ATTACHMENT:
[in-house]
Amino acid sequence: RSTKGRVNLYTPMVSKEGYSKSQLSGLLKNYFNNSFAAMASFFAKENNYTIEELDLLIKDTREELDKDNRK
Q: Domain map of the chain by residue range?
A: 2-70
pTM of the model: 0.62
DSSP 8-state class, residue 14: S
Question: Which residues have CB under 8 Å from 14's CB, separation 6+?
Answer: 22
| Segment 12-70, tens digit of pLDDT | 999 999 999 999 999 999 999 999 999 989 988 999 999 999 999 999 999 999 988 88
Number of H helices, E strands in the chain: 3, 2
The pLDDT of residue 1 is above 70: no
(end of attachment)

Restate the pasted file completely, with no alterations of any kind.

[in-house]
Amino acid sequence: RSTKGRVNLYTPMVSKEGYSKSQLSGLLKNYFNNSFAAMASFFAKENNYTIEELDLLIKDTREELDKDNRK
Q: Domain map of the chain by residue range?
A: 2-70
pTM of the model: 0.62
DSSP 8-state class, residue 14: S
Question: Which residues have CB under 8 Å from 14's CB, separation 6+?
Answer: 22
| Segment 12-70, tens digit of pLDDT | 999 999 999 999 999 999 999 999 999 989 988 999 999 999 999 999 999 999 988 88
Number of H helices, E strands in the chain: 3, 2
The pLDDT of residue 1 is above 70: no